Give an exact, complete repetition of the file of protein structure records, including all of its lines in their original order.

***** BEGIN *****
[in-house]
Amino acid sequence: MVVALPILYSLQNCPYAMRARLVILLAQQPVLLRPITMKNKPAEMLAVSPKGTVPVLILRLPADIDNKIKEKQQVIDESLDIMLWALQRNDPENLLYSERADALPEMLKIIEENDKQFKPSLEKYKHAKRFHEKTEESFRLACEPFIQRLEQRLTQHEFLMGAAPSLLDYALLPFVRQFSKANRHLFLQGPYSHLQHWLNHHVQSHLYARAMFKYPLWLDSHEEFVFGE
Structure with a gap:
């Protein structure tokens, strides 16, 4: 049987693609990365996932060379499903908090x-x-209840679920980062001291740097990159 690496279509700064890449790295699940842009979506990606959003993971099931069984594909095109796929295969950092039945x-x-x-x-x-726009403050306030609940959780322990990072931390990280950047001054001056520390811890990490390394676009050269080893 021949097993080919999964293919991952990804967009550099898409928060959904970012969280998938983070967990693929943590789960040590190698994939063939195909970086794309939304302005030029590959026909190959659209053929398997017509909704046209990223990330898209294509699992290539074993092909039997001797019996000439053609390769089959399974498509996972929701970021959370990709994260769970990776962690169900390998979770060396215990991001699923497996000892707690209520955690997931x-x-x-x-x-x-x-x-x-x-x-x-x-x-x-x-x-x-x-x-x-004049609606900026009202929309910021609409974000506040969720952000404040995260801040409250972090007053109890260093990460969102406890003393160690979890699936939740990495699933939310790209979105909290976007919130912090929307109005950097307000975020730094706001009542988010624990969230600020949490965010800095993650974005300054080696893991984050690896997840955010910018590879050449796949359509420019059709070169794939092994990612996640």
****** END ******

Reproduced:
[in-house]
Amino acid sequence: MVVALPILYSLQNCPYAMRARLVILLAQQPVLLRPITMKNKPAEMLAVSPKGTVPVLILRLPADIDNKIKEKQQVIDESLDIMLWALQRNDPENLLYSERADALPEMLKIIEENDKQFKPSLEKYKHAKRFHEKTEESFRLACEPFIQRLEQRLTQHEFLMGAAPSLLDYALLPFVRQFSKANRHLFLQGPYSHLQHWLNHHVQSHLYARAMFKYPLWLDSHEEFVFGE
Structure with a gap:
């Protein structure tokens, strides 16, 4: 049987693609990365996932060379499903908090x-x-209840679920980062001291740097990159 690496279509700064890449790295699940842009979506990606959003993971099931069984594909095109796929295969950092039945x-x-x-x-x-726009403050306030609940959780322990990072931390990280950047001054001056520390811890990490390394676009050269080893 021949097993080919999964293919991952990804967009550099898409928060959904970012969280998938983070967990693929943590789960040590190698994939063939195909970086794309939304302005030029590959026909190959659209053929398997017509909704046209990223990330898209294509699992290539074993092909039997001797019996000439053609390769089959399974498509996972929701970021959370990709994260769970990776962690169900390998979770060396215990991001699923497996000892707690209520955690997931x-x-x-x-x-x-x-x-x-x-x-x-x-x-x-x-x-x-x-x-x-004049609606900026009202929309910021609409974000506040969720952000404040995260801040409250972090007053109890260093990460969102406890003393160690979890699936939740990495699933939310790209979105909290976007919130912090929307109005950097307000975020730094706001009542988010624990969230600020949490965010800095993650974005300054080696893991984050690896997840955010910018590879050449796949359509420019059709070169794939092994990612996640």